“Hello …” you might respond. “I’m reading this post aren’t I?”
Yes, yet I might ask, “What do you see? Just how much of what goes on in the world are you and I truly aware of? We might be cognizant of the world news, though this may also be a stretch. Do we really know much more than Internet headlines? And while we’re talking about world issues, how detailed are we in understanding the impact of these global situations on individuals?
Most of us see what is right in front of us screaming for our attention, and yet while we share breakfast with our family, discuss business over lunch with colleagues, entertain friends over dinner, work and sleep, 16,000 children under the age of 5 will die of malnutrition. Though some of these children are bereft of family, many others live in impoverished countries with caring parents, grandparents and siblings unable to provide for them. In Haiti for example, many children make mud pies – not as child’s play, but to help alleviate the pain of hunger. Do we see them? Do we empathize with their circumstances? What if they were our children or grandchildren?
Some will say, “I didn’t know,” and likely that’s correct, but now we are aware. Opening our eyes is a beginning. Once we see a problem, we can begin to address it.
If you’re ready to do more, click here and watch the video.
The original lyrics included a daily to-do list with each day dedicated to a certain task or priority. For example, they dedicated Monday to washing clothes; Tuesday, ironing the clothes; Wednesday, scrubbing the floor and so on culminating with Sunday, going to church. Back then multitasking was out of the question. It actually took all day to scrub the clothes, hang them outdoors to dry, take them down, and prepare them for the next step in the process – ironing, also an all-day event.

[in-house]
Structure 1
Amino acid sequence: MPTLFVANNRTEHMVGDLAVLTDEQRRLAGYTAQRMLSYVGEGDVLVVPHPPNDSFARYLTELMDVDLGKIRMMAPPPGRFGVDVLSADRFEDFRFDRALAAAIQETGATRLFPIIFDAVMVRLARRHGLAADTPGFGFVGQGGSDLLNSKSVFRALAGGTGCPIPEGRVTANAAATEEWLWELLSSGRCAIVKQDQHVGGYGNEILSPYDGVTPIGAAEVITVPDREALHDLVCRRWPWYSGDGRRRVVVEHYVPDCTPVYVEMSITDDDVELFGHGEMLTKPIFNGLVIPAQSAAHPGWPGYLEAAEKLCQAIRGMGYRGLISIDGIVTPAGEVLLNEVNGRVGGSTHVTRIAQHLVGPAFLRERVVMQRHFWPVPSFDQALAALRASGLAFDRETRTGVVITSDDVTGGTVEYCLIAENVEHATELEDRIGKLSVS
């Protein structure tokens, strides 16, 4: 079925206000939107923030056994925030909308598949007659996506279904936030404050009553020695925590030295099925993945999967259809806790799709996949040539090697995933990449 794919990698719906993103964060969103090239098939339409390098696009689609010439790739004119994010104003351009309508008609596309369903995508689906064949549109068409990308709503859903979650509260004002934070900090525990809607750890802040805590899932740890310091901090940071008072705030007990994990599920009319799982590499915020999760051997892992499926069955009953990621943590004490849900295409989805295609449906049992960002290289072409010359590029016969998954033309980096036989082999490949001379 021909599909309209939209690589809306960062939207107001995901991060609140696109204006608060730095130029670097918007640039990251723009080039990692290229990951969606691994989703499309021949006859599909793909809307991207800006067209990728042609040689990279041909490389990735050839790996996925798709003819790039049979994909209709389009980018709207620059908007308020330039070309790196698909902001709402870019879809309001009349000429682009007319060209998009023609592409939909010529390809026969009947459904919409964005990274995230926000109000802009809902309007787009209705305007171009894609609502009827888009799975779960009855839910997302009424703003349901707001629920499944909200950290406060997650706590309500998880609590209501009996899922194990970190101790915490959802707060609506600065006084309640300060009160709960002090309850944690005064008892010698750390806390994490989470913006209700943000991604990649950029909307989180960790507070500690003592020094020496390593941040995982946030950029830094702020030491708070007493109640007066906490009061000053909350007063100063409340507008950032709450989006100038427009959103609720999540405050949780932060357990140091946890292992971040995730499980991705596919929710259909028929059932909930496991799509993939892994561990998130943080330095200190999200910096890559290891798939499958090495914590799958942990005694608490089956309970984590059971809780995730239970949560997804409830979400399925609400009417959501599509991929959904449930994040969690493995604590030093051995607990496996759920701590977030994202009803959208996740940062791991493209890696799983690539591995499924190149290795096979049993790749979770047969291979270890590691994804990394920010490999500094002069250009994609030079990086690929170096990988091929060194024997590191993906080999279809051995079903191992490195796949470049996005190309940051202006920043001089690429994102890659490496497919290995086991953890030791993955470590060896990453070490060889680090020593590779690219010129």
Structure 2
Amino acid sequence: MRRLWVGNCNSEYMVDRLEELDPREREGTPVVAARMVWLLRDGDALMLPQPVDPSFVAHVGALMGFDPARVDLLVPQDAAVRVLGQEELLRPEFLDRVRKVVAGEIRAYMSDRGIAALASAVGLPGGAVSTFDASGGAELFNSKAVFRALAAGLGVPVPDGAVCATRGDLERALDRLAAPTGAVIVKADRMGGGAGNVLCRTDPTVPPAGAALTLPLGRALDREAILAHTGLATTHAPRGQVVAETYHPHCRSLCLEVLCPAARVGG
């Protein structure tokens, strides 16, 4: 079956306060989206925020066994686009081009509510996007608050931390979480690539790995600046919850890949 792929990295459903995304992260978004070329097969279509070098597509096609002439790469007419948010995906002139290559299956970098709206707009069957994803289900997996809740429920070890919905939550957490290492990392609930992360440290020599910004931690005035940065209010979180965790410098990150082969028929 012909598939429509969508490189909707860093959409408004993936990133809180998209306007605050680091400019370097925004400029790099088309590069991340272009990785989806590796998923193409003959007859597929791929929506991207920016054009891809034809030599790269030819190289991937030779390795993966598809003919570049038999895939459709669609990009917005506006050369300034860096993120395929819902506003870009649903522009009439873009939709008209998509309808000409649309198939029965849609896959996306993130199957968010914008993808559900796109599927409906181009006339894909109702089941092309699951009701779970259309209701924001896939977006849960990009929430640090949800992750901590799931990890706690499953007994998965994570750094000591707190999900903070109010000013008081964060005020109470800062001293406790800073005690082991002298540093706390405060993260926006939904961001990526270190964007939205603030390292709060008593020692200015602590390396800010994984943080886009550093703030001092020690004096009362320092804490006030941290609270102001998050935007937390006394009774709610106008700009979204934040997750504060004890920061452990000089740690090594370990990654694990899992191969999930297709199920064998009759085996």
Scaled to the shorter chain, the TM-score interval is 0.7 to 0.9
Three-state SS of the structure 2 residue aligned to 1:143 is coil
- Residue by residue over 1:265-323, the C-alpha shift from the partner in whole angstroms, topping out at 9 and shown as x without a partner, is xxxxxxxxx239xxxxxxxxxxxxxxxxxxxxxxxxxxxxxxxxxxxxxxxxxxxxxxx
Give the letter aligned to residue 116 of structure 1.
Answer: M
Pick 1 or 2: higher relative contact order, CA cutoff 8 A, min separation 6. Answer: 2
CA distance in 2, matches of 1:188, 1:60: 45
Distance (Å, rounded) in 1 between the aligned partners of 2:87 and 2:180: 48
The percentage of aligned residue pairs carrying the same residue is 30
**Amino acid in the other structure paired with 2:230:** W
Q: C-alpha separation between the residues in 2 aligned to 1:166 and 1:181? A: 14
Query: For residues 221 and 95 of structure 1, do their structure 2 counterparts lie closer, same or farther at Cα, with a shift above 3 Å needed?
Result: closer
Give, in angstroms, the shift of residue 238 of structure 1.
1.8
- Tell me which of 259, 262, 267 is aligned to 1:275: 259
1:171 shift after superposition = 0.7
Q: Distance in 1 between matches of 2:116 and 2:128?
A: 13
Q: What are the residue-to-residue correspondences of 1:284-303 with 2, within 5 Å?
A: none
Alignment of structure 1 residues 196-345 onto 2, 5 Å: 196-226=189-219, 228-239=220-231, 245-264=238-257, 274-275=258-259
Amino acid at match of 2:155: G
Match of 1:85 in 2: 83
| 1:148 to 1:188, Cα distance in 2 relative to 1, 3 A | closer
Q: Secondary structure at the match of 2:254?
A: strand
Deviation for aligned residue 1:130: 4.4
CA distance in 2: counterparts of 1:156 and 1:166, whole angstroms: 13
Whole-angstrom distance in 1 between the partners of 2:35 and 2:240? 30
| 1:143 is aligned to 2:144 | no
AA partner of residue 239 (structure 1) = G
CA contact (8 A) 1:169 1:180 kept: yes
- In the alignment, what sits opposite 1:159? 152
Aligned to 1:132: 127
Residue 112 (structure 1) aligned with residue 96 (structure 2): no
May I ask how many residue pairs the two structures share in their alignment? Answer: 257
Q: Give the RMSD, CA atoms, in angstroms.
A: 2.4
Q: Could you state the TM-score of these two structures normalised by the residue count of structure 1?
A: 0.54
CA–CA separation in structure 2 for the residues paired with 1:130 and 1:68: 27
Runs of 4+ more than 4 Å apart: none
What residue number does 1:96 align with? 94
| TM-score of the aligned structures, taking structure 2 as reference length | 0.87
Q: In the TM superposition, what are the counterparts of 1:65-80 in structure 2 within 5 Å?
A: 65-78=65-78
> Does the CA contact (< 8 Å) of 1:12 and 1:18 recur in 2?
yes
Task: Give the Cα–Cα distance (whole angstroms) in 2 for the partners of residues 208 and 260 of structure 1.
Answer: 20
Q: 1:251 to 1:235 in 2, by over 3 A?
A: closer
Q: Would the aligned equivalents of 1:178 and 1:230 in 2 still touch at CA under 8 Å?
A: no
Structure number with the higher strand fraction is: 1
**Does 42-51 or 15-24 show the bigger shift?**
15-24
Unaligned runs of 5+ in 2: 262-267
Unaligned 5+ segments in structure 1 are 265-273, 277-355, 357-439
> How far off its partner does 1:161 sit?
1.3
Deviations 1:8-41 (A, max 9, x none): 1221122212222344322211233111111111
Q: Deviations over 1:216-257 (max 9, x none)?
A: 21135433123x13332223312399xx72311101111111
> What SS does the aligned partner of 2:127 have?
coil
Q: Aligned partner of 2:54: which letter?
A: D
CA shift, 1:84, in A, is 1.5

Aside from the benefit gained as children burn off lots of energy singing the song, think about what you can learn (or relearn) from the lyrics. Although the days of one task per day are long gone, a key message is prioritize. If you’re one who is easily overwhelmed by things that need to be done or procrastinates on projects taking you out of your comfort zone, try these tips to help you focus.
Make a list of what should and can be done in your day. Be realistic.
Assign time frames for each item on your list. (This is often a good way to reduce its size.)
Dedicate a certain amount of time to one task or phase of a project and work on that.
Use a timer. Besides providing a measure of accountability, you can see there’s light at the end of the tunnel as well as how much you can accomplish in your time allotment.
Ignore rabbit trails or interruptions seeking to divert your attention. Unless it’s a matter of life or death, it can usually wait.
Stick to it until the time is up or you’re finished.
The self confidence you’ll gain from your achievement will be well worth the time it takes to prioritize your day and focus on what’s most important.
If you still have little children around, see what other benefits you can gain from their songs. By the way, today’s version of the Mulberry Bush ditty addresses hygiene issues so feel free to continue to sing it with your kids.